This is a story about me. A pretty boring subject, I agree, but it's still the best I have to offer. Actually, it's a story about how I "discovered" Belle & Sebastian about two seconds before the rest of America, and how later, when I actually met the band, I made a miserable fool of myself, due to my low social skills. This same story gets told in similar, but less self-referential terms in an article written for The East Bay Express newspaper... Or, you can try the wanky "me, me, me" version below...
In my brief and spectacularly unglamourous career as a college radio Music Director, I was steadfastly dedicated to one principle: don't try to be cool. My most grievous failing in this regard came in the Spring of '96, when Belle and Sebastian's Tigermilk LP found it's way into my "in" box at KALX Command Central, and we became the first station in the US to chart the wee waifish lads and lassies from Glasgow...
Apparently, several years earlier when future Belle songwriter and wispy pop pin-up Stuart Murdoch had been living in San Francisco, he met one of KALX's more outgoing DJs, Nommi De Plume, who cheerfully invited him to come play on her show. Murdoch brought his guitar to the station, strummed it and sang, they all had a good time, and that was that. Or so one would would think. It seems Stuart, being properly raised in a civilized country (the UK), remembered her hospitality and thought it appropriate to send her (and the station) copies of the fabled first album, once the Belle band fell into place. So, that's how I -- the most uncool man in the history of college radio -- was the unwitting beneficiary of Nommi's gregarious nature.
At any rate, a package from overseas was always something noteworthy at KALX, and accordingly I set the package aside while I plowed through the Korn promos, hip-hop 12"s, and press releases for fake country bands. Then, distracted and slightly frazzled, I finally got around to opening the mailer from Glasgow.
"Oooohh, pretty", I thought, as I gazed apon the lovely album art, and said to myself, "I'll take this one home and listen to it myself..."
Naturally, being harassed and harried by a zillion record label publicists, and having buried my turntable under a landslide of fake country records and "alternative rock" press releases, it took me a while to turn my attention to poor little old Tigermilk... When I finally did (six weeks later), I was, of course, completely enchanted. "It's all Nick Drake-y and Sarah Records-y, but not completely wispy and wimpy," I thought. "He's actually writing real songs, and they actually sound distinct from one another... and what's going on with that glam/maybe-gay undercurrent? And why am I compelled to listen to this again... and again?"
I pretty much figured I was onto a good thing. Now, the thing you have to understand about my station, KALX, is that we're sort of considered a bastion of free-form radio programming. Not free-form as in, "we only play stuff you can't hear on commercial stations", or free-form as in, "we have a gal who's on early Sunday morning who plays acoustic blues records, and a guy after that who plays reggae..." but rather, free-form as in, "every KALX dj is expected to play at least 4 or 5 distinct styles of music within every show they do, and you are always expected to challenge yourself and your audience..." Real free-form programming is a pretty challenging task, and of course it leads to complete disaster almost as often as it leads to enchanting moments of pure magic. The parameters of KALX's format are left vague on purpose (to encourage individual brilliance and to maintain freedom of movement...), but once I seized the reigns of power I decided that I should extend this laissez-faire philosophy to my duties as Music Director. Most people, when they get the chance to be a public radio MD or Program Director, take it as their cue to "make their mark" and start bossing other programmers around and dictating what should be in "heavy play" and the like... KALX didn't have any of the typical mechanisms for making people play certain artists, and it was left completely up to the DJs to pick their own material -- my job was just to open the mail and make sure the records got reviewed and out into the library in as timely a manner as possible... And to answer all the phone calls by paid publicists who were all grumpy that they couldn't hornswaggle me into "making a record happen" on KALX.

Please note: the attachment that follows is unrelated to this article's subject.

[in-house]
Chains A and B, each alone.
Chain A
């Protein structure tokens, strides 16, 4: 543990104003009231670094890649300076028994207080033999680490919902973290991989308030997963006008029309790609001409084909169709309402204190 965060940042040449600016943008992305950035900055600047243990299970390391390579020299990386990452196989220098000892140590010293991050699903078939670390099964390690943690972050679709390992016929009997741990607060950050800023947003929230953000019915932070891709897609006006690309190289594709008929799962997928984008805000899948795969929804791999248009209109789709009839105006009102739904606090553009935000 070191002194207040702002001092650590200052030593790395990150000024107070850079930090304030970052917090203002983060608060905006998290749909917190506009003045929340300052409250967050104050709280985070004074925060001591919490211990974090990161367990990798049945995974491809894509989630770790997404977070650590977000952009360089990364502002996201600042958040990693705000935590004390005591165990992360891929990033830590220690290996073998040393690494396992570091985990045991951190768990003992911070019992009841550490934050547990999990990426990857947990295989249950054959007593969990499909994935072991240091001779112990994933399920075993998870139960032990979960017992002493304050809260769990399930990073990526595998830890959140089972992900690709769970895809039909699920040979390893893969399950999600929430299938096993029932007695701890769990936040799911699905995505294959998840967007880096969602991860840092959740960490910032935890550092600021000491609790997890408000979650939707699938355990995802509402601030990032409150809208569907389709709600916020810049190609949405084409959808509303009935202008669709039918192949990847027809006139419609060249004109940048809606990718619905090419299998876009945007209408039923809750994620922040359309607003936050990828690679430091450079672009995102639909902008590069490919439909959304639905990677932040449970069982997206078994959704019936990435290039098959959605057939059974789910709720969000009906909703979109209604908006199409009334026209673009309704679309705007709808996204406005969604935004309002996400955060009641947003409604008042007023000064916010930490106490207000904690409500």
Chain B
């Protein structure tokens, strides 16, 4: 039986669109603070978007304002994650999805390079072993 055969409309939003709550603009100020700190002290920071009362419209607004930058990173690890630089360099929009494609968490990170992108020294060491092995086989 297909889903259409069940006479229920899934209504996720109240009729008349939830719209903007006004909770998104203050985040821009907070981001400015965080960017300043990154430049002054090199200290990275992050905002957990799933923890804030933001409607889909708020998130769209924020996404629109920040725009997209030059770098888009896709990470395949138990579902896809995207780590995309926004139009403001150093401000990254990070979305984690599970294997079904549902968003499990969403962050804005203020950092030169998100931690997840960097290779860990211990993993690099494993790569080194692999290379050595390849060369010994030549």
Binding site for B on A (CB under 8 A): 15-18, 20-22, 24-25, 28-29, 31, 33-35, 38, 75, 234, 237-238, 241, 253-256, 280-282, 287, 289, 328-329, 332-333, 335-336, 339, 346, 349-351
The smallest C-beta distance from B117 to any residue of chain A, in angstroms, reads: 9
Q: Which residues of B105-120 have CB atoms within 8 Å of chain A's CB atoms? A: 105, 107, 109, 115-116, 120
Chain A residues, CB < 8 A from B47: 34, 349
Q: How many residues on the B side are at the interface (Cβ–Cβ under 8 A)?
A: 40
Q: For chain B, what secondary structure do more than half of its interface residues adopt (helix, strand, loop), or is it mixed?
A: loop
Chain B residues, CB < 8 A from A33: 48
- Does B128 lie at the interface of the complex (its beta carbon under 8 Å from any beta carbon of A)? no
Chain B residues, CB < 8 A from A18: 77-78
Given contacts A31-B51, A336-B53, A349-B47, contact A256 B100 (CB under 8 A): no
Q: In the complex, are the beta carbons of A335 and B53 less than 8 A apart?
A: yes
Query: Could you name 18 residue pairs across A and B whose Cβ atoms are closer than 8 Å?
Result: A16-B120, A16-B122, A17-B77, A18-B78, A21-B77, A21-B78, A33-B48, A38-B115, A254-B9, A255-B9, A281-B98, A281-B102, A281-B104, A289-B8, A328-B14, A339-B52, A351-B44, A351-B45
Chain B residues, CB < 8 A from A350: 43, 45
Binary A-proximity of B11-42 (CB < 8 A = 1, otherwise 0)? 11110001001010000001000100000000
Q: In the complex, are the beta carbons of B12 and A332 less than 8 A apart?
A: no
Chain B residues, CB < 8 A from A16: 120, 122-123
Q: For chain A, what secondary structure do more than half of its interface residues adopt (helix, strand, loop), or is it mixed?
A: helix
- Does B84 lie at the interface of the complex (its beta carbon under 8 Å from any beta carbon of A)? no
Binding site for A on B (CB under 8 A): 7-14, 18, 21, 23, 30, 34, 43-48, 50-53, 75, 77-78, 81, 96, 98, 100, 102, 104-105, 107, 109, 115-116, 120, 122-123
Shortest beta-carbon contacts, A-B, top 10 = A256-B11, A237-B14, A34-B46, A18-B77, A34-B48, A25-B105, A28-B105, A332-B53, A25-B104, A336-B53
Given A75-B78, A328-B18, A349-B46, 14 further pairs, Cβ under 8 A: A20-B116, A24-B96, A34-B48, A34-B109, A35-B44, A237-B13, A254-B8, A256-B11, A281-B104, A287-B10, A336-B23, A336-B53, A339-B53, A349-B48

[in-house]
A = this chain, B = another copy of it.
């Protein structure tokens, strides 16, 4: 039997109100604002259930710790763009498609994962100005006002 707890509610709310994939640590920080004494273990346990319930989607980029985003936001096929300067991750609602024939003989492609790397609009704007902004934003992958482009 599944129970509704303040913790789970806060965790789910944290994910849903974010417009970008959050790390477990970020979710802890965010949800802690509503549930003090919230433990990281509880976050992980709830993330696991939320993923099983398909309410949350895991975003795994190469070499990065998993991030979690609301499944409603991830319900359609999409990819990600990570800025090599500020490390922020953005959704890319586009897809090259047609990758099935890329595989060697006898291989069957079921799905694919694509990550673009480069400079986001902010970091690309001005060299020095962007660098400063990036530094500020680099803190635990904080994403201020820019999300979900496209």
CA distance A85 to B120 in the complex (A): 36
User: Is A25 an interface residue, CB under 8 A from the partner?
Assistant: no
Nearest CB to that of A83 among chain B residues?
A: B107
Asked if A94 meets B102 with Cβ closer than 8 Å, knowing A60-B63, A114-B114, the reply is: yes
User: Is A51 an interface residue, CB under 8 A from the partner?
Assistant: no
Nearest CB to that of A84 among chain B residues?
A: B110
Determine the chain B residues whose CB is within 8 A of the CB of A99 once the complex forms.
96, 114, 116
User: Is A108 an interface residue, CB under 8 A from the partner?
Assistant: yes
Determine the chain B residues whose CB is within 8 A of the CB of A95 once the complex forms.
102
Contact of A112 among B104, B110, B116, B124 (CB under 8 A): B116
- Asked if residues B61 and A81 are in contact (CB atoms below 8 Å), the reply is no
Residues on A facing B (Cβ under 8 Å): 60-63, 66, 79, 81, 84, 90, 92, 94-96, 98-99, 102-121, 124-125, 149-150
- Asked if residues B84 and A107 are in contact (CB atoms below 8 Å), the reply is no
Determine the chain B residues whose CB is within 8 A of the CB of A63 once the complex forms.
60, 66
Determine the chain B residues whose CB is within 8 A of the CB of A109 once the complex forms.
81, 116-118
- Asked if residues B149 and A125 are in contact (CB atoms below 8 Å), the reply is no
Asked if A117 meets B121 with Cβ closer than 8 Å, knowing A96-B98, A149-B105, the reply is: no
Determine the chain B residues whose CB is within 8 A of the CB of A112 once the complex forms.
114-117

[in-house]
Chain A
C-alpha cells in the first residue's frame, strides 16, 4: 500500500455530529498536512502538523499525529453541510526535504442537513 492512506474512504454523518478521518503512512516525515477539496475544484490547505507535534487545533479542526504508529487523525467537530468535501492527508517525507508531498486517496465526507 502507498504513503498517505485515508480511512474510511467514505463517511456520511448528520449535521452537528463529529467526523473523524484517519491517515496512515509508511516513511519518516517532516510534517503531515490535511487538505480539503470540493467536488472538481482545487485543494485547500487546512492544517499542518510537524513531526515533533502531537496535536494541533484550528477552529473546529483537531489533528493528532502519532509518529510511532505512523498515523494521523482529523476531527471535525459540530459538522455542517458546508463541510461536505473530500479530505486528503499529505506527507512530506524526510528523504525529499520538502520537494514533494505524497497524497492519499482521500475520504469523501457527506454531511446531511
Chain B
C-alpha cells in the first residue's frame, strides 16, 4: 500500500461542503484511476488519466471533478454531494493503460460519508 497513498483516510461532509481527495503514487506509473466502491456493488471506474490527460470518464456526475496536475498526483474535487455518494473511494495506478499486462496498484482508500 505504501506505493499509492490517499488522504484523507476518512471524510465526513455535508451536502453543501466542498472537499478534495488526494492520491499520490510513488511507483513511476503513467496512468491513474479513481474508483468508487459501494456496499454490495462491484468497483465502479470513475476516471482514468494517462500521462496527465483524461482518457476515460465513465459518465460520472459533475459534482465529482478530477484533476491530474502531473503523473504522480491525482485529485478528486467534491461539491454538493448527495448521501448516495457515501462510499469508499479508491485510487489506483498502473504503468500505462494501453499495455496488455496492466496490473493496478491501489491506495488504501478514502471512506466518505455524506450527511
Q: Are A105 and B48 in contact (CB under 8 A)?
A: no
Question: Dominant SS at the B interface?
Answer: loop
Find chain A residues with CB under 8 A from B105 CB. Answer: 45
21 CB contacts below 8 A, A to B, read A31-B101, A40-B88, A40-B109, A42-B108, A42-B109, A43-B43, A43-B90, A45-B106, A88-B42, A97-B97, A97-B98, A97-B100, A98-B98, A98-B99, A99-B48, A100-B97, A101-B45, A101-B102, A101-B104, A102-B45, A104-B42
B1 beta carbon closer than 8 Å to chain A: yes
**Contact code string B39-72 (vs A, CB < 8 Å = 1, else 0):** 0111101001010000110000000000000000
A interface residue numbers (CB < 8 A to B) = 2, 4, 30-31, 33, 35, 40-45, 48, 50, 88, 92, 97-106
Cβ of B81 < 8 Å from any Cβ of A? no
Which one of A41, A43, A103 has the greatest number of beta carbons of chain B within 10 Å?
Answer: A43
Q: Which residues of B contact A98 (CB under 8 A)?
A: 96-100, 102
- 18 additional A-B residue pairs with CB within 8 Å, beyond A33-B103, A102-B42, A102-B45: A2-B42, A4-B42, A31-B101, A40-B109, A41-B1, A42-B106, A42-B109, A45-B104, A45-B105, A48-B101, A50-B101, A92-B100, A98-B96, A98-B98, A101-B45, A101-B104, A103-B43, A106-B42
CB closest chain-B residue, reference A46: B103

Anyway, that's how I got thrown into the orbit of Belle & Sebastian. I was briefly pen-pals with the folks at Jeepster Records, I got on the band's Christmas card list, and watched with amusement as the rest of indie-dom went ga-ga over the band. I also kept my copy of the original LP, and resisted the temptation to sell it at extortionary rates on the London record market. Might come in handy some day, right? Anyway, about a year or two later, I made it overseas to visit glamourous Glasgow and was introduced to Belle & Sebastian through a mutual friend... Here's the story as I remember it...
Scottish Music Lovefest